Pelvic Ultrasound

Ultrasound Services

Pelvic Ultrasound

What is a pelvic ultrasound?

Ultrasound utilizes a transducer to send and receive sound waves, and this information is used to create a real time image. As a result of this ability, and the safe application of sound waves (ultrasound), ultrasound is a leading diagnostic tool. There is no radiation associated with ultrasound.

Pelvic ultrasounds are a diagnostic exam used to assess internal organs in both men and women.

Female pelvic Ultrasounds – During a female pelvic ultrasound, a sonographer (ultrasound technologist) uses a transducer to acquire images of the internal soft tissue organs. These structures and spaces are documented for review by the doctor, a radiologist. Using these images, the radiologist will compile a report for the referring physician regarding the anatomy of that patient. Two methods can be used to acquire these diagnostic images. It is very important that the patient arrives for this exam with a full bladder as it allows for visualization of the pelvic organs. The ultrasound technologist will tell you if, and when, you can empty your bladder during the time of the exam.

  • Transabdominal (through the abdomen) ultrasound. A transducer is placed onto the abdomen/pelvis with a couplet gel that allows sounds waves to pass to and from the transducer.
  • Transvaginal (through the vagina). An endovaginal transducer with a sterile probe cover is inserted by the patient into the vagina. This can offer a view of the entire uterus and ovaries. This method is only used with the consent of the patient. The patient will be able to empty their bladder before the endovaginal ultrasound is performed.


The type of ultrasound performed depends on the reason for the ultrasound, and how well the anatomy can be visualized. Only one method may be used, or both methods may be indicated to provide the information needed for diagnosis or treatment.

Beam also has an initiative called the Intrauterine Assessment Program (IAP) that uses 3D ultrasound to evaluate IUD placement, both before and after insertion, to improve clinical outcome and management.

Male pelvic Ultrasounds – A male pelvis ultrasound allows for the observation of male pelvic organs including the bladder, prostate gland, surrounding blood vessels, and kidneys. This ultrasound is performed using only the transabdominal approach. It is very important that the patient arrives for this exam with a full bladder as it allows for visualization of the pelvic organs. The ultrasound technologist will tell you if, and when, you can empty your bladder during the time of the exam.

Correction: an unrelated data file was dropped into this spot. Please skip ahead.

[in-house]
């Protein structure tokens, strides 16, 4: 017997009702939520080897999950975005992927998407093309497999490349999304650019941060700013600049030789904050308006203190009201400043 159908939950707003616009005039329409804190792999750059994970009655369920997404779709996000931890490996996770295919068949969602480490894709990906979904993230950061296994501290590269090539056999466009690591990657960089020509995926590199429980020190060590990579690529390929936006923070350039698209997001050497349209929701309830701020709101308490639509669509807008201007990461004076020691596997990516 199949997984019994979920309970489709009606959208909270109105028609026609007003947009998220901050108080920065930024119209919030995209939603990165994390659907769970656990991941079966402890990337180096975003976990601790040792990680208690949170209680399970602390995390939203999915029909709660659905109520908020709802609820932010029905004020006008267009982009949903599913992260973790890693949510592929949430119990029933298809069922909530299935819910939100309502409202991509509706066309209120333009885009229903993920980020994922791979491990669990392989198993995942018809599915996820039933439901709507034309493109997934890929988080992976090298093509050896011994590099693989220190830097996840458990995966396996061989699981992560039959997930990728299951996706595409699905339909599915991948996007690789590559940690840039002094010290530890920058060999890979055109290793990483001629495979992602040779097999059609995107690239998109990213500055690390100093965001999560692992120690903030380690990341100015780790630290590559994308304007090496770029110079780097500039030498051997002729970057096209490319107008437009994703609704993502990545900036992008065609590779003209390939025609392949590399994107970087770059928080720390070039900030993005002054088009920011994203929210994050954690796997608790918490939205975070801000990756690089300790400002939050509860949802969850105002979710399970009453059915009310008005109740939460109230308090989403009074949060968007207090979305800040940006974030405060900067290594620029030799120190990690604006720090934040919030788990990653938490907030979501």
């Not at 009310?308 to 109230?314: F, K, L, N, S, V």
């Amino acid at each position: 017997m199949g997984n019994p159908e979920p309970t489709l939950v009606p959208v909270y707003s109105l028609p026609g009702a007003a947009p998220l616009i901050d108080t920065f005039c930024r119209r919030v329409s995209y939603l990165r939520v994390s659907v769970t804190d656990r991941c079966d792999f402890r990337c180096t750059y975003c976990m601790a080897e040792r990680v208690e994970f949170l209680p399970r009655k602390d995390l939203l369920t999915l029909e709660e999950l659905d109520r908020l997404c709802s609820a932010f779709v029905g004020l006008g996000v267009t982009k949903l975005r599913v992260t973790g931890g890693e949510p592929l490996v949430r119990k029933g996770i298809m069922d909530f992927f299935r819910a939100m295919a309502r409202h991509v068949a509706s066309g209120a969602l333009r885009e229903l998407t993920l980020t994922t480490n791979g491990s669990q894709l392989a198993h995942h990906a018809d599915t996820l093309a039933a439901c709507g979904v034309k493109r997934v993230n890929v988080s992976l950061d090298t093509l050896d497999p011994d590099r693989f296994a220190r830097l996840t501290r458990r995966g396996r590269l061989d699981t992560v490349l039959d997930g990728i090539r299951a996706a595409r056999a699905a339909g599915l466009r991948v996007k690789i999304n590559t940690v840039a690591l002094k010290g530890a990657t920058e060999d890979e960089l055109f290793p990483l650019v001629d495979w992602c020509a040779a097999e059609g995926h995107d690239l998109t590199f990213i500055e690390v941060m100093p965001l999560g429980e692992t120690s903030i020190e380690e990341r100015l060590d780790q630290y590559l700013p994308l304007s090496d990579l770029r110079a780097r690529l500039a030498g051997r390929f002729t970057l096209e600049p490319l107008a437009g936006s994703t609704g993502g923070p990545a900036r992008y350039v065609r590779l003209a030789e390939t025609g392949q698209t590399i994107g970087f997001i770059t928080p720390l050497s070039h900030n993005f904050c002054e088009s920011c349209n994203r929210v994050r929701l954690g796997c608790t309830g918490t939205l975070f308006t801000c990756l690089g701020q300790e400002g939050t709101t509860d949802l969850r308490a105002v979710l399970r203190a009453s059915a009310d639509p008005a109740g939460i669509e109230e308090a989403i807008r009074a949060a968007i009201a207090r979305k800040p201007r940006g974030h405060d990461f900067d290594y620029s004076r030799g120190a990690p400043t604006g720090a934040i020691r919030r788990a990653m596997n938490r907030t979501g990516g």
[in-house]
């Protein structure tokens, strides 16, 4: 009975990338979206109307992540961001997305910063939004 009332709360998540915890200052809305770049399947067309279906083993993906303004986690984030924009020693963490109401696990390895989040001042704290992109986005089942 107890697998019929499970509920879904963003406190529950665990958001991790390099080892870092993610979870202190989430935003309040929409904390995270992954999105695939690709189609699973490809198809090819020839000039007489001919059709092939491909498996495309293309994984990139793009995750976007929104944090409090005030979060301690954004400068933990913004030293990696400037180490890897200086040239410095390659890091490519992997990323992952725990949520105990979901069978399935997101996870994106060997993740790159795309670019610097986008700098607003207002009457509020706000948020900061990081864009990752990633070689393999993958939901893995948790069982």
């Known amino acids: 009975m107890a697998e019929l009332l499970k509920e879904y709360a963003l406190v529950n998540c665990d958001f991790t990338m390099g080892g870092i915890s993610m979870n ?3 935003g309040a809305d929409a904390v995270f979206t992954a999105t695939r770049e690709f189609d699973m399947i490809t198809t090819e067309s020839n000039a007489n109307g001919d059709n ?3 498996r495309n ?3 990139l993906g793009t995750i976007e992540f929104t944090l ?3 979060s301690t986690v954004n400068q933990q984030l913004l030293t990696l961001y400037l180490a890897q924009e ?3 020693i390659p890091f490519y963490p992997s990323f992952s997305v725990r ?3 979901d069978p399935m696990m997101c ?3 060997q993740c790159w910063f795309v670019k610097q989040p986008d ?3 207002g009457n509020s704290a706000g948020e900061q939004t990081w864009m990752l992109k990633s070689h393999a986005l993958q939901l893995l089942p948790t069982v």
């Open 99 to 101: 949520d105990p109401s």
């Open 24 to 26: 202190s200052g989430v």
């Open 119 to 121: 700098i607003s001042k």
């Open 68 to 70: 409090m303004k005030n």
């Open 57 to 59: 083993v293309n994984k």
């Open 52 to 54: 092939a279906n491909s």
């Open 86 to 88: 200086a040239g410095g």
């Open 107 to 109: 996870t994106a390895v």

Frequently asked questions:

You may have been referred for a pelvic ultrasound by your care provider for a variety of reasons including, but not limited to, swelling, pain, bleeding, or if abnormal test results indicate interrogation of the organs within your pelvic area. 

Drink a minimum of 24 ounces of clear fluid at least one hour before your appointment. Do not empty your bladder until after the exam.

You will need a full bladder to start the exam. This is necessary for proper visualization of the internal organs. If you are female and a transvaginal ultrasound is indicated, you will be asked to empty your bladder after the transabdominal portion is complete.

Your sonographer will explain the procedure to you and offer you the opportunity to ask any questions that you might have about the exam.

For a transabdominal ultrasound (female and male)

You may be asked to remove any clothing, jewelry, or other objects that may interfere with the scan. If asked to remove clothing, you will be given a gown to wear. Most often, you will simply be asked to move your clothing to expose your lower abdomen/pelvis, while leaving your pants and shirt on. You will lie on your back on an examination table. A gel-like substance will be applied to your abdomen/pelvis. The transducer will be pressed against the skin and moved over the area being studied. You may empty your bladder when the exam is completed.

For a transvaginal ultrasound (female)

If you are having an endovaginal ultrasound you will be asked to change into a gown or undress from the waist down. You will lay down on the exam table with a sheet covering your lower body. The transducer will be covered by an endovaginal probe cover and sterile gel will be applied to the outside of the cover. The technologist will pass you the transducer, while keeping you covered, and you will be able to insert it yourself. Nothing about this process should be painful or uncomfortable for you so you will be encouraged to communicate with the sonographer if anything does bother you at all.

When a pelvic ultrasound is performed, there are little to no risks. However, patients may experience discomfort from the full bladder, or the pressure placed on their pelvic region from the transducer. This pressure is to allow for the sonographer to capture the best images of your internal organs.

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